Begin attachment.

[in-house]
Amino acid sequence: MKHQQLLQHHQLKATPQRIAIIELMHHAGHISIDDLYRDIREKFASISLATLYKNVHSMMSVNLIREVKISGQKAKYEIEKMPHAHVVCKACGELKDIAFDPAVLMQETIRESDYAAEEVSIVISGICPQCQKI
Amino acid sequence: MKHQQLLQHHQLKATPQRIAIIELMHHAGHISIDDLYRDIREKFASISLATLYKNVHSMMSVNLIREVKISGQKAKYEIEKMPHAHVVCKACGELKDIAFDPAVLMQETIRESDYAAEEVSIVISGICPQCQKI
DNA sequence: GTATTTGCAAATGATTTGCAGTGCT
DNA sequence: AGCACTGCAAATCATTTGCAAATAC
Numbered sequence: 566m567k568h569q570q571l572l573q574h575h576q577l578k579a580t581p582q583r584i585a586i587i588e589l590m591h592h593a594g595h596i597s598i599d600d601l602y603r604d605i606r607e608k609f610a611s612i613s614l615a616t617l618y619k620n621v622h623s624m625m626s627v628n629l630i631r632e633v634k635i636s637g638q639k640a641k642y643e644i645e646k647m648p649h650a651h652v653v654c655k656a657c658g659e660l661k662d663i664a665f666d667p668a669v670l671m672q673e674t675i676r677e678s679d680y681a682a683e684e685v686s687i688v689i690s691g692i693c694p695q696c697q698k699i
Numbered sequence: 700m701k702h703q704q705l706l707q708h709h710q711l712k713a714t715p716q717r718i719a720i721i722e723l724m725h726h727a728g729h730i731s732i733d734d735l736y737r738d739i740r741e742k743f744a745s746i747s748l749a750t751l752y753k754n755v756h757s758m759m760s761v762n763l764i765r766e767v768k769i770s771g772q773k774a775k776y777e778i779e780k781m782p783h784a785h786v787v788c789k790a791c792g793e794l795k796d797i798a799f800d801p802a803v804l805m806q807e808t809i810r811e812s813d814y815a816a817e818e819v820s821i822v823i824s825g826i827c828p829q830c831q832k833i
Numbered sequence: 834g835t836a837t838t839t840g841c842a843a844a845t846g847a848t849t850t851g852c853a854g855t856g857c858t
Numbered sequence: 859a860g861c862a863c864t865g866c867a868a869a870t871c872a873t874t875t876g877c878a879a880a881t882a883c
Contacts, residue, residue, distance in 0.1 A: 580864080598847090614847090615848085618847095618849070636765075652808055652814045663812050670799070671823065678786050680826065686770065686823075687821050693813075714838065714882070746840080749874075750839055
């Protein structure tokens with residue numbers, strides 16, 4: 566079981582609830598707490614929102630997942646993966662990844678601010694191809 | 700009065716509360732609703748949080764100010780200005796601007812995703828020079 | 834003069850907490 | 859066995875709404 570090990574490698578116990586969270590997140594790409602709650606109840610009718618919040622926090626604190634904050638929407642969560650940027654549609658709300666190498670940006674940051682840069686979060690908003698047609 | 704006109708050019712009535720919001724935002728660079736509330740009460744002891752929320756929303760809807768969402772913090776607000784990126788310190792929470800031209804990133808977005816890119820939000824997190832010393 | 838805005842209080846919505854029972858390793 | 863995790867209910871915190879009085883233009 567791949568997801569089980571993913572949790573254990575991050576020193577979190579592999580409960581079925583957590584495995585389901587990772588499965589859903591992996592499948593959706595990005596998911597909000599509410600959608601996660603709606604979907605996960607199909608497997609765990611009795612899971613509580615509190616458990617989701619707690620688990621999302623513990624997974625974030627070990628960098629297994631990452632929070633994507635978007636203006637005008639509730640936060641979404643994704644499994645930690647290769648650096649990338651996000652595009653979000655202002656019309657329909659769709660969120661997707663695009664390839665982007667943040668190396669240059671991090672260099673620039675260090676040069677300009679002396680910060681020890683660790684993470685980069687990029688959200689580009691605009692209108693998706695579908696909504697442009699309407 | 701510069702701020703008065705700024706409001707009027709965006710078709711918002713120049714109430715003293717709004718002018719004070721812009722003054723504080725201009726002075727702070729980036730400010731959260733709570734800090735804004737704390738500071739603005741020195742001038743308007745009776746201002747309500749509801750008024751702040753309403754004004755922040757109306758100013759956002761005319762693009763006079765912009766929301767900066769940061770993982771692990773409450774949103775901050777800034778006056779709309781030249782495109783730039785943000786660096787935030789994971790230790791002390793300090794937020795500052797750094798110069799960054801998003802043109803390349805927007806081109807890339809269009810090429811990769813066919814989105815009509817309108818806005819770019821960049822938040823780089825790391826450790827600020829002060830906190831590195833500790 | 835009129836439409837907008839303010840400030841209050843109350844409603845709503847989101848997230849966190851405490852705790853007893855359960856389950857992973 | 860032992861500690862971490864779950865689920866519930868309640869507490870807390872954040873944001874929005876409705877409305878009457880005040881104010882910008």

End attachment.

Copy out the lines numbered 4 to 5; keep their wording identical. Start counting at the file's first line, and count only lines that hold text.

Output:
DNA sequence: GTATTTGCAAATGATTTGCAGTGCT
DNA sequence: AGCACTGCAAATCATTTGCAAATAC